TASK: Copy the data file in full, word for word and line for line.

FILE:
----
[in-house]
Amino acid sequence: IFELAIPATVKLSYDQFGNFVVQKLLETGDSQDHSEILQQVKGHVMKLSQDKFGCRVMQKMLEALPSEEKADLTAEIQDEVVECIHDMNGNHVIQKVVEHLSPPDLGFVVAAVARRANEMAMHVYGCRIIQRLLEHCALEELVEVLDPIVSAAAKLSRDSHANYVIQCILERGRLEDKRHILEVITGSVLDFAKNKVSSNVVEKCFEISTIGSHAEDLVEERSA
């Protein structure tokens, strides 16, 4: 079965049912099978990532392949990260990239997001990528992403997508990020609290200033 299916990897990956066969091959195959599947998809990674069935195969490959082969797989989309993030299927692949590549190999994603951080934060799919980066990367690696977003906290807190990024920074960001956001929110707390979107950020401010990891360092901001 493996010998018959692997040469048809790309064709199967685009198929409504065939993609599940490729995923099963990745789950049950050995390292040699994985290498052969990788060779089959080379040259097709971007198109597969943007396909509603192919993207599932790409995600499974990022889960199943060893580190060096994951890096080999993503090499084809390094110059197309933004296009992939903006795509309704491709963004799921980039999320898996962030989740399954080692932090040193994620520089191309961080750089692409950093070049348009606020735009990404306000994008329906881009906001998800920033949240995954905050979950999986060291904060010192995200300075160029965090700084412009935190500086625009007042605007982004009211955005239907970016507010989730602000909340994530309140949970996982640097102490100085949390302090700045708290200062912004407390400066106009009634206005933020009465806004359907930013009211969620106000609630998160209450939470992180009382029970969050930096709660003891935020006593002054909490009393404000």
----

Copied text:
[in-house]
Amino acid sequence: IFELAIPATVKLSYDQFGNFVVQKLLETGDSQDHSEILQQVKGHVMKLSQDKFGCRVMQKMLEALPSEEKADLTAEIQDEVVECIHDMNGNHVIQKVVEHLSPPDLGFVVAAVARRANEMAMHVYGCRIIQRLLEHCALEELVEVLDPIVSAAAKLSRDSHANYVIQCILERGRLEDKRHILEVITGSVLDFAKNKVSSNVVEKCFEISTIGSHAEDLVEERSA
């Protein structure tokens, strides 16, 4: 079965049912099978990532392949990260990239997001990528992403997508990020609290200033 299916990897990956066969091959195959599947998809990674069935195969490959082969797989989309993030299927692949590549190999994603951080934060799919980066990367690696977003906290807190990024920074960001956001929110707390979107950020401010990891360092901001 493996010998018959692997040469048809790309064709199967685009198929409504065939993609599940490729995923099963990745789950049950050995390292040699994985290498052969990788060779089959080379040259097709971007198109597969943007396909509603192919993207599932790409995600499974990022889960199943060893580190060096994951890096080999993503090499084809390094110059197309933004296009992939903006795509309704491709963004799921980039999320898996962030989740399954080692932090040193994620520089191309961080750089692409950093070049348009606020735009990404306000994008329906881009906001998800920033949240995954905050979950999986060291904060010192995200300075160029965090700084412009935190500086625009007042605007982004009211955005239907970016507010989730602000909340994530309140949970996982640097102490100085949390302090700045708290200062912004407390400066106009009634206005933020009465806004359907930013009211969620106000609630998160209450939470992180009382029970969050930096709660003891935020006593002054909490009393404000």